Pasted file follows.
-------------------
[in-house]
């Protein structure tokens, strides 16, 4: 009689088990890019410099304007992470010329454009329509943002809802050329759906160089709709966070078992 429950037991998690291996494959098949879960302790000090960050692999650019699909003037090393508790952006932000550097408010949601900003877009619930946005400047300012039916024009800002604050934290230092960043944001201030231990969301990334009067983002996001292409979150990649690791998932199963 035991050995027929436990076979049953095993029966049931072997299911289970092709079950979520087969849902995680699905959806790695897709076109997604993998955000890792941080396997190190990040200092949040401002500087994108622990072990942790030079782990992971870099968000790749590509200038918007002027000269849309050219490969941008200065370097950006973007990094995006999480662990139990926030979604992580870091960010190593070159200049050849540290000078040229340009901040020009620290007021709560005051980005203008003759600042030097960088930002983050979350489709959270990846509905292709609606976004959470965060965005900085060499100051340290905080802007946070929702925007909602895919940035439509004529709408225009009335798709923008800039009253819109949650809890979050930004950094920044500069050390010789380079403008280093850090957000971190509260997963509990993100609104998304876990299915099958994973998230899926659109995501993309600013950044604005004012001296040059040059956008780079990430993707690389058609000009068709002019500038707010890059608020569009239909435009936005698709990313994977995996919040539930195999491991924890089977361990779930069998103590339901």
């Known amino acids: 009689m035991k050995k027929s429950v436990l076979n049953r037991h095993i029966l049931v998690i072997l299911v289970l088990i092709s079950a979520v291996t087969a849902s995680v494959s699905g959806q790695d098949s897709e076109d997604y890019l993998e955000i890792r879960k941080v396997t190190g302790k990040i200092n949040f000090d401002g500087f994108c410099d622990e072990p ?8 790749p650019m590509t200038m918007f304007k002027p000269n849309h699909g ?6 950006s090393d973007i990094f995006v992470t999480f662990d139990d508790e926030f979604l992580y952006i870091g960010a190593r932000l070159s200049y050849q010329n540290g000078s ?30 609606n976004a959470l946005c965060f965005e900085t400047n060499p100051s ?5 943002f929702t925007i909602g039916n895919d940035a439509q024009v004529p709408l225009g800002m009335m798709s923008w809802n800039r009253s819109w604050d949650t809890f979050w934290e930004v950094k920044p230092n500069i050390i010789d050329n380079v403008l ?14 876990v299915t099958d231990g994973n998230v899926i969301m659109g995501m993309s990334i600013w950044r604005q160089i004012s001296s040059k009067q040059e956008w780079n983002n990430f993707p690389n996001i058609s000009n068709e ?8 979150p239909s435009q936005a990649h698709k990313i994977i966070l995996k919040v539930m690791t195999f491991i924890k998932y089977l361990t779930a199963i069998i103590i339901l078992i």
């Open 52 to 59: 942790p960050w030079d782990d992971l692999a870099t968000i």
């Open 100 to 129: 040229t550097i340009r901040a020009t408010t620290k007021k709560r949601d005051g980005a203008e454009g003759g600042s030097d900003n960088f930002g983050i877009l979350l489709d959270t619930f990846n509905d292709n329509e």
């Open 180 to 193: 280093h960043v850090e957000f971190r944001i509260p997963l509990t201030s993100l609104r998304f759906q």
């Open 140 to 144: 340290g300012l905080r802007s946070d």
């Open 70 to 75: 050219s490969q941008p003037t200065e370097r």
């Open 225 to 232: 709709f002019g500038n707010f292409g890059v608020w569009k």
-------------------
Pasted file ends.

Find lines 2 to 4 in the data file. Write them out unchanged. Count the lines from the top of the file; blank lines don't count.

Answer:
């Protein structure tokens, strides 16, 4: 009689088990890019410099304007992470010329454009329509943002809802050329759906160089709709966070078992 429950037991998690291996494959098949879960302790000090960050692999650019699909003037090393508790952006932000550097408010949601900003877009619930946005400047300012039916024009800002604050934290230092960043944001201030231990969301990334009067983002996001292409979150990649690791998932199963 035991050995027929436990076979049953095993029966049931072997299911289970092709079950979520087969849902995680699905959806790695897709076109997604993998955000890792941080396997190190990040200092949040401002500087994108622990072990942790030079782990992971870099968000790749590509200038918007002027000269849309050219490969941008200065370097950006973007990094995006999480662990139990926030979604992580870091960010190593070159200049050849540290000078040229340009901040020009620290007021709560005051980005203008003759600042030097960088930002983050979350489709959270990846509905292709609606976004959470965060965005900085060499100051340290905080802007946070929702925007909602895919940035439509004529709408225009009335798709923008800039009253819109949650809890979050930004950094920044500069050390010789380079403008280093850090957000971190509260997963509990993100609104998304876990299915099958994973998230899926659109995501993309600013950044604005004012001296040059040059956008780079990430993707690389058609000009068709002019500038707010890059608020569009239909435009936005698709990313994977995996919040539930195999491991924890089977361990779930069998103590339901």
């Known amino acids: 009689m035991k050995k027929s429950v436990l076979n049953r037991h095993i029966l049931v998690i072997l299911v289970l088990i092709s079950a979520v291996t087969a849902s995680v494959s699905g959806q790695d098949s897709e076109d997604y890019l993998e955000i890792r879960k941080v396997t190190g302790k990040i200092n949040f000090d401002g500087f994108c410099d622990e072990p ?8 790749p650019m590509t200038m918007f304007k002027p000269n849309h699909g ?6 950006s090393d973007i990094f995006v992470t999480f662990d139990d508790e926030f979604l992580y952006i870091g960010a190593r932000l070159s200049y050849q010329n540290g000078s ?30 609606n976004a959470l946005c965060f965005e900085t400047n060499p100051s ?5 943002f929702t925007i909602g039916n895919d940035a439509q024009v004529p709408l225009g800002m009335m798709s923008w809802n800039r009253s819109w604050d949650t809890f979050w934290e930004v950094k920044p230092n500069i050390i010789d050329n380079v403008l ?14 876990v299915t099958d231990g994973n998230v899926i969301m659109g995501m993309s990334i600013w950044r604005q160089i004012s001296s040059k009067q040059e956008w780079n983002n990430f993707p690389n996001i058609s000009n068709e ?8 979150p239909s435009q936005a990649h698709k990313i994977i966070l995996k919040v539930m690791t195999f491991i924890k998932y089977l361990t779930a199963i069998i103590i339901l078992i």
């Open 52 to 59: 942790p960050w030079d782990d992971l692999a870099t968000i």